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blog 16 Jun 2017

Soy milk and peanut butter; what is allowed and what not?

Trademarks
Like vegetarian meat substitutes, substitutes for dairy products are often named after the product they replace. Because of this, it may happen that vegetable based products are on the shelves under the heading of milk or yoghurt. A German conflict regarding this subject led to a ruling by the European Court of Justice.

According to European Agricultural Regulations, the word ‘milk’ may only be used for a product which is “normally discharged by milk glands which is from one or more milking’s, without adding or removing substances”. According to the Court, ‘Milk’ cannot be used for a pure vegetable product. The adding of clarifications such as ‘tofu’ or ‘soya’, which should clarify that the product is a dairy replacer is also not allowed. This also applies to diary product names such as butter, cheese and yoghurt. Products that are collectively known as ‘soy milk’ can no longer be sold under that name.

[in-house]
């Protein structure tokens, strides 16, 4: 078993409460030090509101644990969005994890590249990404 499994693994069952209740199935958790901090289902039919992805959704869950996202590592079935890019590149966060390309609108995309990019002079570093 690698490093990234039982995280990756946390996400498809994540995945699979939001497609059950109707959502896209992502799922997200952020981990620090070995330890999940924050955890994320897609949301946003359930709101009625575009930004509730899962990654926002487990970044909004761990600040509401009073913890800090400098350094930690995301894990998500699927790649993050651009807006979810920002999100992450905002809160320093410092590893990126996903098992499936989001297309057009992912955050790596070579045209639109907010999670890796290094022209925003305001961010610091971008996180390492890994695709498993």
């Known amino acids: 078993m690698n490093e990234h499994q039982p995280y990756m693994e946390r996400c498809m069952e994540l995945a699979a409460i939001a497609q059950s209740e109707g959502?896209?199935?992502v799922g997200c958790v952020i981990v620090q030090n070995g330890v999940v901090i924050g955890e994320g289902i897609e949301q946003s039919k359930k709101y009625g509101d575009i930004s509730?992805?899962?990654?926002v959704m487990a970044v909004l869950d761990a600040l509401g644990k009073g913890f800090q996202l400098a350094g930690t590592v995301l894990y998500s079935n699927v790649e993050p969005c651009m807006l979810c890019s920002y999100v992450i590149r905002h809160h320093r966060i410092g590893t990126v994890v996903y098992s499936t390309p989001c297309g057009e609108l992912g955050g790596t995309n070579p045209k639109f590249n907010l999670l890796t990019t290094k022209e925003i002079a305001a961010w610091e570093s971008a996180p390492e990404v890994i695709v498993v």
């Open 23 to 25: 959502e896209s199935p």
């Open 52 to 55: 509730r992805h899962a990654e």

What about the vegetarian schnitzel?

The ruling of the Court is solely aimed at dairy products, because the question of the German judge was simply based on a regulation of agricultural products. Meat- and fish products are included in different regulations. Therefore, this ruling does not end the ‘meat names’ for meat replacement products, such as 'the vegetarian schnitzel'.

The end of peanut butter as we know it?

An important exception to the rule are terms that – because of tradition or the use of language – have been indicated with diary names, while not being dairy products, for a long period of time. Think for example of peanut butter, cocoa butter and coconut milk. The use of these terms may be continued, even though diary is not (or barely) added.